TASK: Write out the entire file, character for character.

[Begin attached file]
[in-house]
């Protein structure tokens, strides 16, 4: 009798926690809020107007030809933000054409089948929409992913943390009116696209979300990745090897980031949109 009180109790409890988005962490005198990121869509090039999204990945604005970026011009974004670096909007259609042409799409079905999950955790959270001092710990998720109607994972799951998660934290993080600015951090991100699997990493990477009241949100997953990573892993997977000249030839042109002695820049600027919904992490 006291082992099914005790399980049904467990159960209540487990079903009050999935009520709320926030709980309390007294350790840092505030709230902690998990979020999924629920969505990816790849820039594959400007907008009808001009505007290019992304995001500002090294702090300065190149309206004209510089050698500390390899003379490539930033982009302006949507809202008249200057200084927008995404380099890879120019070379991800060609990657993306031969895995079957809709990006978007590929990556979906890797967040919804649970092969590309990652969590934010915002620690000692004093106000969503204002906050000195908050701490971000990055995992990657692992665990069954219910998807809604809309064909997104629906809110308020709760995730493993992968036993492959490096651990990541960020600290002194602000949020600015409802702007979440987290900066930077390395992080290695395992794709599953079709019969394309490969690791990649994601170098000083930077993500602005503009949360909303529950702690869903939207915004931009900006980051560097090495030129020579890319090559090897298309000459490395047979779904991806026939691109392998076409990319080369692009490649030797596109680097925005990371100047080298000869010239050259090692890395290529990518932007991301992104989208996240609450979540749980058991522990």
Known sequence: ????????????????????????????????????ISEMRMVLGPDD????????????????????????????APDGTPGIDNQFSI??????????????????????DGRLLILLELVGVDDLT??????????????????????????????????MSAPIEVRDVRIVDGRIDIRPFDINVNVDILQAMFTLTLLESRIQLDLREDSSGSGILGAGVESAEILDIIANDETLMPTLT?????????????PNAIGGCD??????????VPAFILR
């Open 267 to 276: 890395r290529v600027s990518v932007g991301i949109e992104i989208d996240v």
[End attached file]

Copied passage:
[in-house]
């Protein structure tokens, strides 16, 4: 009798926690809020107007030809933000054409089948929409992913943390009116696209979300990745090897980031949109 009180109790409890988005962490005198990121869509090039999204990945604005970026011009974004670096909007259609042409799409079905999950955790959270001092710990998720109607994972799951998660934290993080600015951090991100699997990493990477009241949100997953990573892993997977000249030839042109002695820049600027919904992490 006291082992099914005790399980049904467990159960209540487990079903009050999935009520709320926030709980309390007294350790840092505030709230902690998990979020999924629920969505990816790849820039594959400007907008009808001009505007290019992304995001500002090294702090300065190149309206004209510089050698500390390899003379490539930033982009302006949507809202008249200057200084927008995404380099890879120019070379991800060609990657993306031969895995079957809709990006978007590929990556979906890797967040919804649970092969590309990652969590934010915002620690000692004093106000969503204002906050000195908050701490971000990055995992990657692992665990069954219910998807809604809309064909997104629906809110308020709760995730493993992968036993492959490096651990990541960020600290002194602000949020600015409802702007979440987290900066930077390395992080290695395992794709599953079709019969394309490969690791990649994601170098000083930077993500602005503009949360909303529950702690869903939207915004931009900006980051560097090495030129020579890319090559090897298309000459490395047979779904991806026939691109392998076409990319080369692009490649030797596109680097925005990371100047080298000869010239050259090692890395290529990518932007991301992104989208996240609450979540749980058991522990």
Known sequence: ????????????????????????????????????ISEMRMVLGPDD????????????????????????????APDGTPGIDNQFSI??????????????????????DGRLLILLELVGVDDLT??????????????????????????????????MSAPIEVRDVRIVDGRIDIRPFDINVNVDILQAMFTLTLLESRIQLDLREDSSGSGILGAGVESAEILDIIANDETLMPTLT?????????????PNAIGGCD??????????VPAFILR
């Open 267 to 276: 890395r290529v600027s990518v932007g991301i949109e992104i989208d996240v």